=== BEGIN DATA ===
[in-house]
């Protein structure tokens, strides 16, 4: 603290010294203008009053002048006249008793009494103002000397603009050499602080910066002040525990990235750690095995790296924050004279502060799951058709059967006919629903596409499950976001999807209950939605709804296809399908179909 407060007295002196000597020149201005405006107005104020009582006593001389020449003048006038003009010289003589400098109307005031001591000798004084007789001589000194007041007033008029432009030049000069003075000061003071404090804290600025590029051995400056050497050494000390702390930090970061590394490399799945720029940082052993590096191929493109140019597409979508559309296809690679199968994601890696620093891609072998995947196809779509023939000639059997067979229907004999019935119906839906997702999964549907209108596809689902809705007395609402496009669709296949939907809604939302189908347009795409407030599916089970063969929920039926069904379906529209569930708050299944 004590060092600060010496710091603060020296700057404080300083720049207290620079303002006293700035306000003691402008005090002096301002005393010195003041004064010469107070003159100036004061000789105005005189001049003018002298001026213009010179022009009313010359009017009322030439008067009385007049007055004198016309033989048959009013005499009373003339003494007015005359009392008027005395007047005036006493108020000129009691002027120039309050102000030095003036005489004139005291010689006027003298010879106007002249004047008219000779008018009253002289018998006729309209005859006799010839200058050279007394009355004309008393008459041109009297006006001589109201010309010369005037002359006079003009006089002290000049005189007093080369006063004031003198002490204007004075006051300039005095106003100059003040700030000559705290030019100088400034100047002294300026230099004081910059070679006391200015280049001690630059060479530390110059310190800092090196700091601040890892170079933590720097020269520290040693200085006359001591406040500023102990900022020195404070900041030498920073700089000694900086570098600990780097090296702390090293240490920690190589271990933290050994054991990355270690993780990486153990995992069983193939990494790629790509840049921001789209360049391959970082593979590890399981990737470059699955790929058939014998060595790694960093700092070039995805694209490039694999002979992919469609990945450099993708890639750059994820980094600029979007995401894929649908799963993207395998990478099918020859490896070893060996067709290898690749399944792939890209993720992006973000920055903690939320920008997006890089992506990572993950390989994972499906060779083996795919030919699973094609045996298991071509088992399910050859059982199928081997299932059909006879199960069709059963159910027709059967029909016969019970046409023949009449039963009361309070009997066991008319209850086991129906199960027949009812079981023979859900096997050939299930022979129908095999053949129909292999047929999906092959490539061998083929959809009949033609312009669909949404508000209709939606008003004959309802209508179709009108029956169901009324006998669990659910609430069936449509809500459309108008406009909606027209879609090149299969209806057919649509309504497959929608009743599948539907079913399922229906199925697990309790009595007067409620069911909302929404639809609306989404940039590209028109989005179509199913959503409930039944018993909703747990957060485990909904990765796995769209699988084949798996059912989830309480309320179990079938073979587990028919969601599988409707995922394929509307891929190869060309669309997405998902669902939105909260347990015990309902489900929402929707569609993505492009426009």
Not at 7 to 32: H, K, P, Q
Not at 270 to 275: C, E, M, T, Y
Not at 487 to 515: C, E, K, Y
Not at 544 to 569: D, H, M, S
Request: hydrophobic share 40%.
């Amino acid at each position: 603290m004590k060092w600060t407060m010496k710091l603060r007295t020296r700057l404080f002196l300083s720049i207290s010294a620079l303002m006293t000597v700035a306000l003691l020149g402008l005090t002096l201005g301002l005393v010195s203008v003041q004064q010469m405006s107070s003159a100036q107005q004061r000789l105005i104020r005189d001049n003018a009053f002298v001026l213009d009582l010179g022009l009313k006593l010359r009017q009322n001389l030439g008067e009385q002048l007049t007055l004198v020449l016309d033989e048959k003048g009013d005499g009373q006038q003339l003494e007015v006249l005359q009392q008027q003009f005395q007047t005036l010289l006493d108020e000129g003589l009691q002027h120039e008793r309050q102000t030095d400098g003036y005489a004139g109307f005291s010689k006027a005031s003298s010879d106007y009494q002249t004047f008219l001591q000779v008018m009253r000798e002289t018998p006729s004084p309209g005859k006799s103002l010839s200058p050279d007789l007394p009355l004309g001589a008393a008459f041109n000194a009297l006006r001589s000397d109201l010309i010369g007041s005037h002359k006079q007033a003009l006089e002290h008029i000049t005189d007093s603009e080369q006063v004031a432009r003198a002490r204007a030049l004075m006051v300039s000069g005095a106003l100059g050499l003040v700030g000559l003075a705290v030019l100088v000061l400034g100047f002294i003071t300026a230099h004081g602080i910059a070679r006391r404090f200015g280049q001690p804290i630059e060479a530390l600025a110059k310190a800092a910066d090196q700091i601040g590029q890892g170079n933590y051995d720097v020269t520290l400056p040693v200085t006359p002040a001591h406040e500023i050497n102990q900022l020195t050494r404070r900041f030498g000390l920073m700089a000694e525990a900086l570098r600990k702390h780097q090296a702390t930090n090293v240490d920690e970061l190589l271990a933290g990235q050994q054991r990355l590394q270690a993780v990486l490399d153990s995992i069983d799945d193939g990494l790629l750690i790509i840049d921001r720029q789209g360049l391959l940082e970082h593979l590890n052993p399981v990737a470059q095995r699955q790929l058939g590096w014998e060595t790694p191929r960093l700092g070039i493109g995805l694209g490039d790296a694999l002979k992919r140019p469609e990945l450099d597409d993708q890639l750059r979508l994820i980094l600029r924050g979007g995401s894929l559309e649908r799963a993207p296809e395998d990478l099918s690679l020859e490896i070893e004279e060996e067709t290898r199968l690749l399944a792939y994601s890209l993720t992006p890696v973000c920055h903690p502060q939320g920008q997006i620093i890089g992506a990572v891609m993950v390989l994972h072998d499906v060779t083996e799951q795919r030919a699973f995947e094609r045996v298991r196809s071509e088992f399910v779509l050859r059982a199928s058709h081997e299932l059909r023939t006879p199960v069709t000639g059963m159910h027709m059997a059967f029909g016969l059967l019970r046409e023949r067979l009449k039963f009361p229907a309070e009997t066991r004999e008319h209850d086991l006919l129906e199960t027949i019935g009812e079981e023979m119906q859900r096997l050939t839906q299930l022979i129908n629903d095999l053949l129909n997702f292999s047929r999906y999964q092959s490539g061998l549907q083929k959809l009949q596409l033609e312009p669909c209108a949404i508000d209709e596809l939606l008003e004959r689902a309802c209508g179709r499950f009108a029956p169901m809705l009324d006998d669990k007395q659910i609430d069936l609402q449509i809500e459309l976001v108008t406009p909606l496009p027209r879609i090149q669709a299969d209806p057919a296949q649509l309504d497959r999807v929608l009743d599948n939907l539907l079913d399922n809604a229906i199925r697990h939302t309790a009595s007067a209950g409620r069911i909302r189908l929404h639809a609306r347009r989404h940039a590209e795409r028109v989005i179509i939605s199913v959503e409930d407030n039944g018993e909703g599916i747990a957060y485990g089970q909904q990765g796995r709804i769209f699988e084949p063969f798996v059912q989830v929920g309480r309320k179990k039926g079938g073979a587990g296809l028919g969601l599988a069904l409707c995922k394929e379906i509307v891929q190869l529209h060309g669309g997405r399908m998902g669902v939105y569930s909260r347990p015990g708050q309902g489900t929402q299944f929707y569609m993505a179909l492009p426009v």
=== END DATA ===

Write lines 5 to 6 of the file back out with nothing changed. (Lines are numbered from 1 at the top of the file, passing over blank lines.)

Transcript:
Not at 487 to 515: C, E, K, Y
Not at 544 to 569: D, H, M, S